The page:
Treasury Yields Erase Earlier Rise Following Fed Statement


The yield on the benchmark 10-year U.S. Treasury note erased earlier gains and closed at 1.621%.



Photo:

Stefani Reynolds/Bloomberg News

U.S. government-bond yields pared an early climb Wednesday after the Federal Reserve reiterated that it is too early to discuss withdrawing easy-money policies, potentially easing concerns that the central bank will tighten monetary policy more quickly than anticipated.

The yield on the benchmark 10-year U.S. Treasury note erased earlier gains and closed at 1.621%, according to Tradeweb, down from around 1.64% before the decision and barely below Tuesday’s close.

Yields edged lower after Fed Chairman

Jerome Powell

said at a news conference Wednesday that the economy remains a long way from the central bank’s goals and officials would need to see substantial further progress before altering policies supporting the economy. Mr. Powell had said previously that any tapering in bond-buying would likely come before the Fed raised its short-term interest rate target.

The S&P 500 inched higher following the latest Fed comments.

Yields have climbed steadily this year, rising to nearly 1.75% at the end of the first quarter from about 0.9% at the end of 2020 as investors anticipated an accelerating economic recovery following the worst of the coronavirus pandemic. Bond yields rise as prices fall and tend to advance when analysts expect good times ahead for the economy and climbing inflation.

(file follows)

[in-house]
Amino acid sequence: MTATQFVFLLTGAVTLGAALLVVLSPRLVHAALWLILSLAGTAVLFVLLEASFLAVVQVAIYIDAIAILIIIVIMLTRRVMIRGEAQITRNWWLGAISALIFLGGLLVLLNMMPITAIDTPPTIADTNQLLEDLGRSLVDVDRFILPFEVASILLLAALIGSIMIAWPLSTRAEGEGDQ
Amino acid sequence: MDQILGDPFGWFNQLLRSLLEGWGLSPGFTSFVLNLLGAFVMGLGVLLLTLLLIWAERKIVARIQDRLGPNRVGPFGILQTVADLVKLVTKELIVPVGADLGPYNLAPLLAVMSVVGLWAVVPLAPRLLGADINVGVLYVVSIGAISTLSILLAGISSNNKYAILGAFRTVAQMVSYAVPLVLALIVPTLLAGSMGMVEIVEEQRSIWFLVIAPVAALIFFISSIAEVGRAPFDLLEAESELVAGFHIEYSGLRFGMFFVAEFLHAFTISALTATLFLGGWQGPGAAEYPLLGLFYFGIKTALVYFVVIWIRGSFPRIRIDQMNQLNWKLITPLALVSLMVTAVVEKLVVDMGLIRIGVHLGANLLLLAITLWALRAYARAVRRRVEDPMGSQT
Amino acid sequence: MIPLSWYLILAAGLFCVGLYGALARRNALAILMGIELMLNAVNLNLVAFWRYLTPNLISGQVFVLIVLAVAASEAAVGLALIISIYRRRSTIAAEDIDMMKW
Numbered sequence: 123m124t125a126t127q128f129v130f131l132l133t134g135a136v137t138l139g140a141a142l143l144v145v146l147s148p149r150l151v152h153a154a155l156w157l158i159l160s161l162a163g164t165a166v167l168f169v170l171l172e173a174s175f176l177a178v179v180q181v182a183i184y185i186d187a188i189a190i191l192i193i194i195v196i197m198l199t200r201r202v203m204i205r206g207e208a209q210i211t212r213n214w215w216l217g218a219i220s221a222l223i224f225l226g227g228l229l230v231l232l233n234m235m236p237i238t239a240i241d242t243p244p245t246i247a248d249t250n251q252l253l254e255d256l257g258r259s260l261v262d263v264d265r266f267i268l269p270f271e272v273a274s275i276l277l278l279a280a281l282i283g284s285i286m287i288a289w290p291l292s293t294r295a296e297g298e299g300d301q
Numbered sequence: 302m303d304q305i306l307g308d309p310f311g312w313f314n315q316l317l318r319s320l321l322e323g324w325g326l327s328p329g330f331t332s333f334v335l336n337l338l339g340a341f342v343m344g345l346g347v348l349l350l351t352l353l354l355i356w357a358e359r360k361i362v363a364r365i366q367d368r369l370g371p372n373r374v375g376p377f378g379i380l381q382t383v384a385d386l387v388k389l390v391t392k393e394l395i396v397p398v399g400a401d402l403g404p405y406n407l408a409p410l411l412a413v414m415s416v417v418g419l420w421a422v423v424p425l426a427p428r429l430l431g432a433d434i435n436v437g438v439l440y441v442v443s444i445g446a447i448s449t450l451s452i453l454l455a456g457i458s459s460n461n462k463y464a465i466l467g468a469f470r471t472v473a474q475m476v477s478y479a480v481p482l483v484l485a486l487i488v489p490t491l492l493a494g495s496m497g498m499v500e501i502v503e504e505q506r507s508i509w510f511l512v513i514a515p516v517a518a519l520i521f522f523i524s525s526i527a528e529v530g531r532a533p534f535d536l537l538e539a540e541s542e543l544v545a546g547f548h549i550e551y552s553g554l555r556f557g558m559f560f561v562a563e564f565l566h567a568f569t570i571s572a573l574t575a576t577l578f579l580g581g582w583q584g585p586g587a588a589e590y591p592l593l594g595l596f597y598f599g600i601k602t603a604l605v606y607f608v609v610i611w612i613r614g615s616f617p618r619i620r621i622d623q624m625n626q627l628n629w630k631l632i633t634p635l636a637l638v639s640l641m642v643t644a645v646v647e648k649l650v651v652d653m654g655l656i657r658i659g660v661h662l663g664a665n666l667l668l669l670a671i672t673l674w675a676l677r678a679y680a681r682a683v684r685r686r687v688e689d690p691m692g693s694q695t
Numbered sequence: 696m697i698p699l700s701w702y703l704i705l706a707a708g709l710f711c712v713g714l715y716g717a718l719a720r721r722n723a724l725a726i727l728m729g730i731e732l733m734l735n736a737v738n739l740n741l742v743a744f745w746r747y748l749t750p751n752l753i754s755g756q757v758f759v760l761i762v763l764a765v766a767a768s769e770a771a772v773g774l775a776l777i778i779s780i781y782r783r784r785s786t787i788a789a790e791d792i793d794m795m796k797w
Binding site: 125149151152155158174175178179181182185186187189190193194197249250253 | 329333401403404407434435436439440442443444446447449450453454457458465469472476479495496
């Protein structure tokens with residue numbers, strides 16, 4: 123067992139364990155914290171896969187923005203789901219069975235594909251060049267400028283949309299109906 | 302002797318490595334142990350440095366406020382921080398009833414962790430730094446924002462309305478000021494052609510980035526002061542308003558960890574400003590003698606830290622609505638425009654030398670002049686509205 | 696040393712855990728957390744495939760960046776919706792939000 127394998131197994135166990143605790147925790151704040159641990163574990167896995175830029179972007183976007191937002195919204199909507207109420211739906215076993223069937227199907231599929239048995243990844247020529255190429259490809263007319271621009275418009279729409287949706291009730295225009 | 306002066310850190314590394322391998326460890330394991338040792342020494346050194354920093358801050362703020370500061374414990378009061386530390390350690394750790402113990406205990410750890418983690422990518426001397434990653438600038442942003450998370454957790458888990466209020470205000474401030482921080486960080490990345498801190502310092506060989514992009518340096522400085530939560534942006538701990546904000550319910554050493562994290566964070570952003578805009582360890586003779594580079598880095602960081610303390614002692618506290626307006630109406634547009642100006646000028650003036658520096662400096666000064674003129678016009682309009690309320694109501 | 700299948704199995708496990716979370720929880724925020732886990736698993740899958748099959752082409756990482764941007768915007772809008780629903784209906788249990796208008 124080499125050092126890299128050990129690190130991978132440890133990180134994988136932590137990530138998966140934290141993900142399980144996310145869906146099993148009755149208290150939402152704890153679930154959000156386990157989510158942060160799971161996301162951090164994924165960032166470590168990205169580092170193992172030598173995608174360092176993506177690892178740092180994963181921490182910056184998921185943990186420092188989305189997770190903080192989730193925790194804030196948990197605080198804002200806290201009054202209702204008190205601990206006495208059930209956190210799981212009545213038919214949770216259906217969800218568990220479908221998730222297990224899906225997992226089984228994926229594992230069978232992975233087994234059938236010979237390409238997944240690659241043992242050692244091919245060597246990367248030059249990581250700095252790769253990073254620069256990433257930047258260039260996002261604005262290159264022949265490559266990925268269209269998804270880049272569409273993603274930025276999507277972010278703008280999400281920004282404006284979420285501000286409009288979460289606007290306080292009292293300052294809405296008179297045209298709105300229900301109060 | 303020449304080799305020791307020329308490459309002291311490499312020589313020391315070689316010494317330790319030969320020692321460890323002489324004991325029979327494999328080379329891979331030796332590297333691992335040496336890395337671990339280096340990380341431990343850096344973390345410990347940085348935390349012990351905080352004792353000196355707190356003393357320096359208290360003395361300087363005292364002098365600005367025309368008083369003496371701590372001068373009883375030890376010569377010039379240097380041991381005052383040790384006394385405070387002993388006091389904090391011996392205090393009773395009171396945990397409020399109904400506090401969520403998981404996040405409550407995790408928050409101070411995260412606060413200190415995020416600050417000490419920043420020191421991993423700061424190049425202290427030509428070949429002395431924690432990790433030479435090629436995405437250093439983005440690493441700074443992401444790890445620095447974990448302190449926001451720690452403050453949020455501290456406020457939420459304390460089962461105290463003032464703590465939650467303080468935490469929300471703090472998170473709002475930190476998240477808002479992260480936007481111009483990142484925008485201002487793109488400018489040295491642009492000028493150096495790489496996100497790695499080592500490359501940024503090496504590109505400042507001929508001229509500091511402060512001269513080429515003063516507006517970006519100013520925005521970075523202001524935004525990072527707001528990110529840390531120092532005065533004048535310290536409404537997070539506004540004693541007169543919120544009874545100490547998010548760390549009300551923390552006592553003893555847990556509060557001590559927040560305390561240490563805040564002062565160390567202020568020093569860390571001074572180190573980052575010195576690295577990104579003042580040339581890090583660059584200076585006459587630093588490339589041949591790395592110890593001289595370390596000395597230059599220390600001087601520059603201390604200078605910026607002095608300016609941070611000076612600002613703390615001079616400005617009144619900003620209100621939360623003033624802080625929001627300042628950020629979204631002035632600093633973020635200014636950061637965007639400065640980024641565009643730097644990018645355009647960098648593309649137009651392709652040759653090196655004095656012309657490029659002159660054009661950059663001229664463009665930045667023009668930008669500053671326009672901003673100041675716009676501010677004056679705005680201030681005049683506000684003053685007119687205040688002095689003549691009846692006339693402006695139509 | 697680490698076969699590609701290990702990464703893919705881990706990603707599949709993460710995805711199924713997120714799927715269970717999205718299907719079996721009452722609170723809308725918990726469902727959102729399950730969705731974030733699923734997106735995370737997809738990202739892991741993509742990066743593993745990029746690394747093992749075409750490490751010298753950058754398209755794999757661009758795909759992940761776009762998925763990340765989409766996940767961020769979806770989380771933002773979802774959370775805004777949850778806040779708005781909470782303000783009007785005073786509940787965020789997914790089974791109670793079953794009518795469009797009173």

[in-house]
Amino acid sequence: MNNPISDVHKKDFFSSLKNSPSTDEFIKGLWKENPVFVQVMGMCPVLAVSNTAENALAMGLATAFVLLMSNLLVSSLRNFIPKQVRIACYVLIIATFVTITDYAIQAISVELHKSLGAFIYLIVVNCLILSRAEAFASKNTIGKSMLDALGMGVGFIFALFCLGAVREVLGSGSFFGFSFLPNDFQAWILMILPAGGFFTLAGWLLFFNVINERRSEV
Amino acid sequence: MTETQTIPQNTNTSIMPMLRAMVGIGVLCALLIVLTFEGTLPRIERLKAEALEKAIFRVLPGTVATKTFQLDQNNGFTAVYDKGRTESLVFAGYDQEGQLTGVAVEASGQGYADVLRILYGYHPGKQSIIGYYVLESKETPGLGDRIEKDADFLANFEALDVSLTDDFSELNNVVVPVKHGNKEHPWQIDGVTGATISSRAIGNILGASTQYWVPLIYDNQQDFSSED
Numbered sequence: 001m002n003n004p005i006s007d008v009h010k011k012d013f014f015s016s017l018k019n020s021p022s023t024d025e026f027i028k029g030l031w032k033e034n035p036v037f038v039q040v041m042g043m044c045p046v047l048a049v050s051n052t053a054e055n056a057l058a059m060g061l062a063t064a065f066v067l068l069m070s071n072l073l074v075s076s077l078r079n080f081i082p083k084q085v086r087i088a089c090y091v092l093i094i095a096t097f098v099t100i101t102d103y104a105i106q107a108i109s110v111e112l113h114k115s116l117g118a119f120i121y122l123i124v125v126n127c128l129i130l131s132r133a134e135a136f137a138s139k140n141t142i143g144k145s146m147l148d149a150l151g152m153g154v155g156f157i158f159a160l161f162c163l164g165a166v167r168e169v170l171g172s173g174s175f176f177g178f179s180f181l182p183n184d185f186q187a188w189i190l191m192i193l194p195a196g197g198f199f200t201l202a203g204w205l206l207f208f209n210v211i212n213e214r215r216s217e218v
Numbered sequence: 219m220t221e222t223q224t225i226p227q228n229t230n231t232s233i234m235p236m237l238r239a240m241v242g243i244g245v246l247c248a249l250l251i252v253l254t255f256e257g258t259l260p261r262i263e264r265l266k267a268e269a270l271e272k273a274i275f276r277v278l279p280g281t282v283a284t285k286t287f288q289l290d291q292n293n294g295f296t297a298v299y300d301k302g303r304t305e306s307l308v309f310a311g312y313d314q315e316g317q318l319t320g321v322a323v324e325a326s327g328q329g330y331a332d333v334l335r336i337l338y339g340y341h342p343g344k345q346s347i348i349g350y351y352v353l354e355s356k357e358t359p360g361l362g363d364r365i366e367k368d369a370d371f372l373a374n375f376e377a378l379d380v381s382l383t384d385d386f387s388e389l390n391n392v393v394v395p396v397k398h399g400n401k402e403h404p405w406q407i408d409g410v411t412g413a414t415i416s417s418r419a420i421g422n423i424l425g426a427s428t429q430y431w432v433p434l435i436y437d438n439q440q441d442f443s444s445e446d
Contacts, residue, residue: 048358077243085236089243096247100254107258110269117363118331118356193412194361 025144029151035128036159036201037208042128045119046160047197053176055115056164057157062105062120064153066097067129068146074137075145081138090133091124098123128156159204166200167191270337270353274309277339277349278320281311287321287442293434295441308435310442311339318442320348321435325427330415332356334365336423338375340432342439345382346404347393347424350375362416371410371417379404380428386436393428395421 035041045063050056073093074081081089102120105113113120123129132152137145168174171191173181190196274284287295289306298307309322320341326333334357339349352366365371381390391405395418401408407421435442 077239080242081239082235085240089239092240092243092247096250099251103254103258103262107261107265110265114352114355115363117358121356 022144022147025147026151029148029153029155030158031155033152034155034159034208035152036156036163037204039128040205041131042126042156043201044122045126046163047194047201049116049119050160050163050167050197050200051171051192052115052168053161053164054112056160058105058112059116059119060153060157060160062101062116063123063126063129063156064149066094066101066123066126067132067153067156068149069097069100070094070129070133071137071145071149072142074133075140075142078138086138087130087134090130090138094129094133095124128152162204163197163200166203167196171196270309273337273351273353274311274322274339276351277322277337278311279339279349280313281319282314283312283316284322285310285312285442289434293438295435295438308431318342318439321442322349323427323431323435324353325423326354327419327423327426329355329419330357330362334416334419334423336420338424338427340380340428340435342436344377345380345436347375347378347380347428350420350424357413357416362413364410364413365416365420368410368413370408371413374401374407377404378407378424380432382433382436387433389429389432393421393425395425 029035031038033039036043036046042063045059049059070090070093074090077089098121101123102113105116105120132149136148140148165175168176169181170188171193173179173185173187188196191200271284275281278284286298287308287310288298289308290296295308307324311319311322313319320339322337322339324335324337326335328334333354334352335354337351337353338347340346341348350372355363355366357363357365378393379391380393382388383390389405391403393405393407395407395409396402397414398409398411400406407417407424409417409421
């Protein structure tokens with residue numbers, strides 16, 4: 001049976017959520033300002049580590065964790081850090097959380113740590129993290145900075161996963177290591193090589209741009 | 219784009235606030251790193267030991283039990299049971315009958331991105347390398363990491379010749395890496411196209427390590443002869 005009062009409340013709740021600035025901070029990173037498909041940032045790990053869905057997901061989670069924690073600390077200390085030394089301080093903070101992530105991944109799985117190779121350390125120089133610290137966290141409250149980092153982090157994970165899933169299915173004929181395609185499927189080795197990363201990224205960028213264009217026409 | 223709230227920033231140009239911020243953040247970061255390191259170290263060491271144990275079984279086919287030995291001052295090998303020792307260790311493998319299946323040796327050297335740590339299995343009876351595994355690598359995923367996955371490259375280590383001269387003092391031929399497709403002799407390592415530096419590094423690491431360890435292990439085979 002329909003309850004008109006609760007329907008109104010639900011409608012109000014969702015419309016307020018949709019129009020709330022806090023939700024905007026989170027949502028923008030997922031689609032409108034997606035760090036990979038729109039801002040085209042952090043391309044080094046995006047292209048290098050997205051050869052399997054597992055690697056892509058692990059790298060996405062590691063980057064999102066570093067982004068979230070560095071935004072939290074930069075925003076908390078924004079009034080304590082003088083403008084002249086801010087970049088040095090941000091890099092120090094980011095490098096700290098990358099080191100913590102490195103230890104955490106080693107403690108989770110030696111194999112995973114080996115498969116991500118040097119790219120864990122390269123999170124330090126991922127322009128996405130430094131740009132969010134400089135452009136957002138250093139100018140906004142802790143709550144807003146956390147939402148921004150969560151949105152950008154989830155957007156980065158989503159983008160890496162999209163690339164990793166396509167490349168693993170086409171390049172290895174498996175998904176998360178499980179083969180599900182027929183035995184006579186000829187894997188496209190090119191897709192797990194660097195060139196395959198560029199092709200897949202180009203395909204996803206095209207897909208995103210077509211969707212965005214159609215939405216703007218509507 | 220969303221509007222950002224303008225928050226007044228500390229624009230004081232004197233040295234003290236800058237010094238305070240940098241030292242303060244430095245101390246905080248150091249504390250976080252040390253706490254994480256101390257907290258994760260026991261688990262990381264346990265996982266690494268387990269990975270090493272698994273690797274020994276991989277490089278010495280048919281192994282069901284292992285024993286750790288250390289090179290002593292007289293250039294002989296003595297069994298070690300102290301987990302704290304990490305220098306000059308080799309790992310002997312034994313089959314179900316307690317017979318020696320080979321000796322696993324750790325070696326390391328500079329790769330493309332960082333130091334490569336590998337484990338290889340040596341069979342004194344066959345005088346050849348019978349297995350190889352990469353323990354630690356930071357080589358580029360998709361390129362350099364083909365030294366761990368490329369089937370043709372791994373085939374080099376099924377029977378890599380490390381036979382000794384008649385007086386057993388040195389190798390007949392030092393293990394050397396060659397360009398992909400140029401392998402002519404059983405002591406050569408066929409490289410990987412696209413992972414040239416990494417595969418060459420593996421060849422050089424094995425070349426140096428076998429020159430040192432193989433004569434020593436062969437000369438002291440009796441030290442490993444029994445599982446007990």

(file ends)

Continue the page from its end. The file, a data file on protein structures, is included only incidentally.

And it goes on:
Wall Street has debated for months whether a powerful rebound in growth and rising consumer prices will prompt Mr. Powell and his colleagues to ease bond purchases and signal future interest-rate increases sooner than expected. Worries about that issue have sparked gains in bond yields and occasional volatility in the stock market, though major indexes have risen back to records recently. Higher yields can hurt stocks and other riskier investments by increasing returns from holding ultrasafe government bonds.

Debt investors will be monitoring economic data in the coming days including figures on consumer spending and April hiring to assess the pace of the recovery.

Write to Amrith Ramkumar at amrith.ramkumar@wsj.com

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